I had a short conversation with Secretary Mabus, who thought I said I was from “India”, and had a chance to meet some of the Marines and Sailors. A few were even from the South Bend area and they beamed with pride knowing that someone from their home state stopped by to say “Hello”. A few were even Notre Dame fans.
As I left the ship, I asked the man walking next to me , whose uniform was decorated with multiple stripes, medals and insignias, “Are you the captain of the ship?”
“No,” he replied. “I’m the Commander of the Atlantic Fleet.”
I felt embarrassed.
The next afternoon at the game I, again, met Secretary Mabus. He was being interviewed by Notre Dame radio and I was sitting in the same area.
After being interviewed, Secretary Mabus handed out Navy challenge coins to those around him, but when it came to me he had run out, so he extended his hand, shook it, and gave me a smile.
Notre Dame won the game. The first step towards playing in the national championship game that season.
It was a learning experience for everyone in attendance.
The Americans attending the game learned the reach of the Notre Dame brand, while the Irish learned about tailgating and what a college football gameday was like.
I was told that Aviva Stadium ran out of Guinness and rashers (sausages) at halftime and feared a riot would break out. They couldn’t believe it.
I, personally, learned about pride and loyalty.
Let me tell you a little more about it.
On the flight over to Dublin, I met the Commanding Officer of the Notre Dame Naval ROTC program, Earl Carter, and his wife, Lea. They were on my flight.
Earl, a 32-year Navy veteran, captained the USS Scranton and led its crew to the first ever North Pole mission by a Los Angeles class submarine before his stint at Notre Dame.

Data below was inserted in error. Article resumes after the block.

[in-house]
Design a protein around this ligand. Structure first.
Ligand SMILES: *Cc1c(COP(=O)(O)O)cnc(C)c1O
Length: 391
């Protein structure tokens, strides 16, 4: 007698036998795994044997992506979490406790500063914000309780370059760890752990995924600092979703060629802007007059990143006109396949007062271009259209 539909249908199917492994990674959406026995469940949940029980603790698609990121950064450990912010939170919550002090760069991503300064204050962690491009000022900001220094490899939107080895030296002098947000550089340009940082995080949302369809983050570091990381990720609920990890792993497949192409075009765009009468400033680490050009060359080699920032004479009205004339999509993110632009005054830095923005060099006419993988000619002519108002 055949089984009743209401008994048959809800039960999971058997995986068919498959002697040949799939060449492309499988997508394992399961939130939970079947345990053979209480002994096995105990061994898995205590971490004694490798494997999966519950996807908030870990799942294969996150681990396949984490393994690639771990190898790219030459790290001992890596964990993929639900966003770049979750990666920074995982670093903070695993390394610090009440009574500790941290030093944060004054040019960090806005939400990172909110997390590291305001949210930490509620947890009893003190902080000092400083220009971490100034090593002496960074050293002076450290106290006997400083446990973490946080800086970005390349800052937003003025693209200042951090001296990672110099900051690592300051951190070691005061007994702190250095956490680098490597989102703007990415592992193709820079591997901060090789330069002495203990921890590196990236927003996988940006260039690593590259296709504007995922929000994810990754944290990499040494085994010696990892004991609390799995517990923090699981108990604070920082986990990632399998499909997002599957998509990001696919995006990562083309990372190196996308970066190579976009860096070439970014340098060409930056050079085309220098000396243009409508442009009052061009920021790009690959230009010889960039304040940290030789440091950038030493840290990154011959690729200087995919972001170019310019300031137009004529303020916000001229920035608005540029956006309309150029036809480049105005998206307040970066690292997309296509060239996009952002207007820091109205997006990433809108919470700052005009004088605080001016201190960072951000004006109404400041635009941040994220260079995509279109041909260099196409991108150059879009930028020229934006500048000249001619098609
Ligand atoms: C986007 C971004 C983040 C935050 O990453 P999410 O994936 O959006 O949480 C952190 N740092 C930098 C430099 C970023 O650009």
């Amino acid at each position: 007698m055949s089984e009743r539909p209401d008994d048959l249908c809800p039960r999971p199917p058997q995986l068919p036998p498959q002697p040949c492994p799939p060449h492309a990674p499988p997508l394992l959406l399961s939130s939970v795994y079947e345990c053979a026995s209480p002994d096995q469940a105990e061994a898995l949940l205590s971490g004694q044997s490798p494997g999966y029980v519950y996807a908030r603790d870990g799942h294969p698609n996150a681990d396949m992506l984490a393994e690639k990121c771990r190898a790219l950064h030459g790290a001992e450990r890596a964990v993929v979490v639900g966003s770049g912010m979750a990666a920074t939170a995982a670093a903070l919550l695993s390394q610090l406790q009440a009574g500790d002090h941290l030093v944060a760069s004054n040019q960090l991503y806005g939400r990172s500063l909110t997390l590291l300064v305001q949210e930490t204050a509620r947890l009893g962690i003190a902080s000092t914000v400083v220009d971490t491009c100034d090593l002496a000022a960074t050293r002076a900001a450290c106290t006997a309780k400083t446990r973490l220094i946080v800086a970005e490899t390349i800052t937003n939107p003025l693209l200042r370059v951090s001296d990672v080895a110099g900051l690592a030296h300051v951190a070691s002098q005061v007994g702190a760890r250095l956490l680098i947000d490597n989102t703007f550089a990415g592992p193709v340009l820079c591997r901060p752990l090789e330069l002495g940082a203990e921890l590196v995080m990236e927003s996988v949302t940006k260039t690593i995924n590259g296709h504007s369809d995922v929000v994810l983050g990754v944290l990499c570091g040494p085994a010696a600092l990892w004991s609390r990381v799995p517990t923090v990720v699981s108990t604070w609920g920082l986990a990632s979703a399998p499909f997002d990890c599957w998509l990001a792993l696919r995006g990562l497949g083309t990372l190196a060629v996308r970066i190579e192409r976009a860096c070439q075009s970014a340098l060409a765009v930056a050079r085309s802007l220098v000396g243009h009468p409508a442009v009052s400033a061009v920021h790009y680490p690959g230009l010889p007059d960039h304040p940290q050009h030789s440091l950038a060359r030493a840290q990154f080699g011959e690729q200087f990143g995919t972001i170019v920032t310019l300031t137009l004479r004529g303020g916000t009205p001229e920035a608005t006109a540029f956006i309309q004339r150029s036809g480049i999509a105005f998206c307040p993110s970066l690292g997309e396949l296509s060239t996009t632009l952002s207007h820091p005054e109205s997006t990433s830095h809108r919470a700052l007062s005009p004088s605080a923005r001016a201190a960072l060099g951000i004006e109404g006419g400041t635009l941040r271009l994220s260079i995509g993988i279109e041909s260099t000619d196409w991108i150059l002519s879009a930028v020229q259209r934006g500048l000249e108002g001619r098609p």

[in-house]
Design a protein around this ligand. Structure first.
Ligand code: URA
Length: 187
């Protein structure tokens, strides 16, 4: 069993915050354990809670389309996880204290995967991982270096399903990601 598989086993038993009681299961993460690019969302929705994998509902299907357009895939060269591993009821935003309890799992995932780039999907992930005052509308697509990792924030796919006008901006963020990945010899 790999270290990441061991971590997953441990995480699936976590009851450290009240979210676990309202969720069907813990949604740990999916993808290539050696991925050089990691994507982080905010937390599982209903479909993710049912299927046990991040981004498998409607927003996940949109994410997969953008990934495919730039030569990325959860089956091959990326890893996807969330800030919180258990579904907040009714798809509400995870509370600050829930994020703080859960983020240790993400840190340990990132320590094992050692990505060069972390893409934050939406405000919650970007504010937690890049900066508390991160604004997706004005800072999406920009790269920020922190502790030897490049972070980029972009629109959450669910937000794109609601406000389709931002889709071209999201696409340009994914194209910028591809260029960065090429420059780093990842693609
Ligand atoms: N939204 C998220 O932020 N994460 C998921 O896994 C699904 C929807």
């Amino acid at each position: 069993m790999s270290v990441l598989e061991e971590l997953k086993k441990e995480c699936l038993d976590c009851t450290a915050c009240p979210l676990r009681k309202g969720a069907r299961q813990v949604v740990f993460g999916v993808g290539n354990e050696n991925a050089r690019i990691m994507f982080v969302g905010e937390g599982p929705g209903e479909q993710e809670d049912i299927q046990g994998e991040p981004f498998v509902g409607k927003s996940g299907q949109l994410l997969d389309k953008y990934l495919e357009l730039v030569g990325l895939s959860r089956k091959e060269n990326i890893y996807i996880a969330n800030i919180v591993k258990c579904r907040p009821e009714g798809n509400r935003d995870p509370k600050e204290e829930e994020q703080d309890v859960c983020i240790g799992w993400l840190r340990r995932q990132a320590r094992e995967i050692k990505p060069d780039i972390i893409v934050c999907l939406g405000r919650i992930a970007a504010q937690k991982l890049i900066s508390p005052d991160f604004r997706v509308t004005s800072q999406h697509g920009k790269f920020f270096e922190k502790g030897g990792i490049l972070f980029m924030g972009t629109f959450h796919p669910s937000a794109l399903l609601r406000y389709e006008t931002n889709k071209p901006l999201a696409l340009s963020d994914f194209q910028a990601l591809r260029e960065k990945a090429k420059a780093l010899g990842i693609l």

We immediately hit it off.
On the way home from Dublin we, again, shared the same flight. I told him about meeting Secretary Mabus and not receiving a challenge coin, as I headed to the back of the plane to find my seat.
I quickly fell asleep.
When I woke up, I noticed something on my lap. It wasn’t the biscuits I had expected, but a little black pouch.
I opened it and was pleasantly surprised to find a Notre Dame Naval ROTC challenge coin.
After landing in Chicago, I quickly ran toward baggage claim, like OJ Simpson in a Hertz television commercial, to find my new friends and to thank them for the gift.
Earl smiled and put his hands on my shoulder and told me, “You deserve that coin”.
It’s one of my most prized possessions and is a constant reminder of how special the Navy game is. Notre Dame-Navy is more than a football game.
This year’s game will mean even more to me as my friend, Earl Carter, who, after retiring from the Navy and serving as an associate dean at Notre Dame, died unexpectedly in May of 2020 at the age of 61.
The last time I saw him and Lea was after a Notre Dame basketball game where I, again, thanked him for his generosity 8 years later.
Fair winds and following seas, Earl. Thank you for the memory.
Go Irish – Go Navy.